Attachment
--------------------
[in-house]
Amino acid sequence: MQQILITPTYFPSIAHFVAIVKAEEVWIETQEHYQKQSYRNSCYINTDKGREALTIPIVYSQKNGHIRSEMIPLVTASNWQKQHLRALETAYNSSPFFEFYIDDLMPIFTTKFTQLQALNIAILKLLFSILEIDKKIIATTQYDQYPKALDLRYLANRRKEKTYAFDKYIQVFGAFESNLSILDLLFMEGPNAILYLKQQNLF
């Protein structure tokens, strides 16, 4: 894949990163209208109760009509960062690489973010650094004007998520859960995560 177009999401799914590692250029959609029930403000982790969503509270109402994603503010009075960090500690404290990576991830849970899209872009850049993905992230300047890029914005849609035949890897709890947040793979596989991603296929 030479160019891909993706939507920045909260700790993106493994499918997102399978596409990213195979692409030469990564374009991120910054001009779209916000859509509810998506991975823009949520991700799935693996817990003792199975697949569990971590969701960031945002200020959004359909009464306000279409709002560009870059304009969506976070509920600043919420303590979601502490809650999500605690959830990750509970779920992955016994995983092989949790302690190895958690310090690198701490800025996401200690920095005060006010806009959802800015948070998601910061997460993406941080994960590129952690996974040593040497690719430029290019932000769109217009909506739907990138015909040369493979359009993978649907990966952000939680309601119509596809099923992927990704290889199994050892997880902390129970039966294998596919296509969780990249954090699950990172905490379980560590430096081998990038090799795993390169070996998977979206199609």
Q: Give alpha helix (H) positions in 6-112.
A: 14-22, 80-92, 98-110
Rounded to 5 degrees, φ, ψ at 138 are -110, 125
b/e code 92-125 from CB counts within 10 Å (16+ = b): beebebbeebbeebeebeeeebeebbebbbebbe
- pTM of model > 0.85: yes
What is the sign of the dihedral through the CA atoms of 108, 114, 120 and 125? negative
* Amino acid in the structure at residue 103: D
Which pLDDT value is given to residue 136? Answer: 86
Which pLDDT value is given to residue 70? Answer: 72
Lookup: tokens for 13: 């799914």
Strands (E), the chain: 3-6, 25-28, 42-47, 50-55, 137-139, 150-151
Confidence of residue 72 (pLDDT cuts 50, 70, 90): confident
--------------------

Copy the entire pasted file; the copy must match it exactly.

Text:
[in-house]
Amino acid sequence: MQQILITPTYFPSIAHFVAIVKAEEVWIETQEHYQKQSYRNSCYINTDKGREALTIPIVYSQKNGHIRSEMIPLVTASNWQKQHLRALETAYNSSPFFEFYIDDLMPIFTTKFTQLQALNIAILKLLFSILEIDKKIIATTQYDQYPKALDLRYLANRRKEKTYAFDKYIQVFGAFESNLSILDLLFMEGPNAILYLKQQNLF
């Protein structure tokens, strides 16, 4: 894949990163209208109760009509960062690489973010650094004007998520859960995560 177009999401799914590692250029959609029930403000982790969503509270109402994603503010009075960090500690404290990576991830849970899209872009850049993905992230300047890029914005849609035949890897709890947040793979596989991603296929 030479160019891909993706939507920045909260700790993106493994499918997102399978596409990213195979692409030469990564374009991120910054001009779209916000859509509810998506991975823009949520991700799935693996817990003792199975697949569990971590969701960031945002200020959004359909009464306000279409709002560009870059304009969506976070509920600043919420303590979601502490809650999500605690959830990750509970779920992955016994995983092989949790302690190895958690310090690198701490800025996401200690920095005060006010806009959802800015948070998601910061997460993406941080994960590129952690996974040593040497690719430029290019932000769109217009909506739907990138015909040369493979359009993978649907990966952000939680309601119509596809099923992927990704290889199994050892997880902390129970039966294998596919296509969780990249954090699950990172905490379980560590430096081998990038090799795993390169070996998977979206199609």
Q: Give alpha helix (H) positions in 6-112.
A: 14-22, 80-92, 98-110
Rounded to 5 degrees, φ, ψ at 138 are -110, 125
b/e code 92-125 from CB counts within 10 Å (16+ = b): beebebbeebbeebeebeeeebeebbebbbebbe
- pTM of model > 0.85: yes
What is the sign of the dihedral through the CA atoms of 108, 114, 120 and 125? negative
* Amino acid in the structure at residue 103: D
Which pLDDT value is given to residue 136? Answer: 86
Which pLDDT value is given to residue 70? Answer: 72
Lookup: tokens for 13: 């799914």
Strands (E), the chain: 3-6, 25-28, 42-47, 50-55, 137-139, 150-151
Confidence of residue 72 (pLDDT cuts 50, 70, 90): confident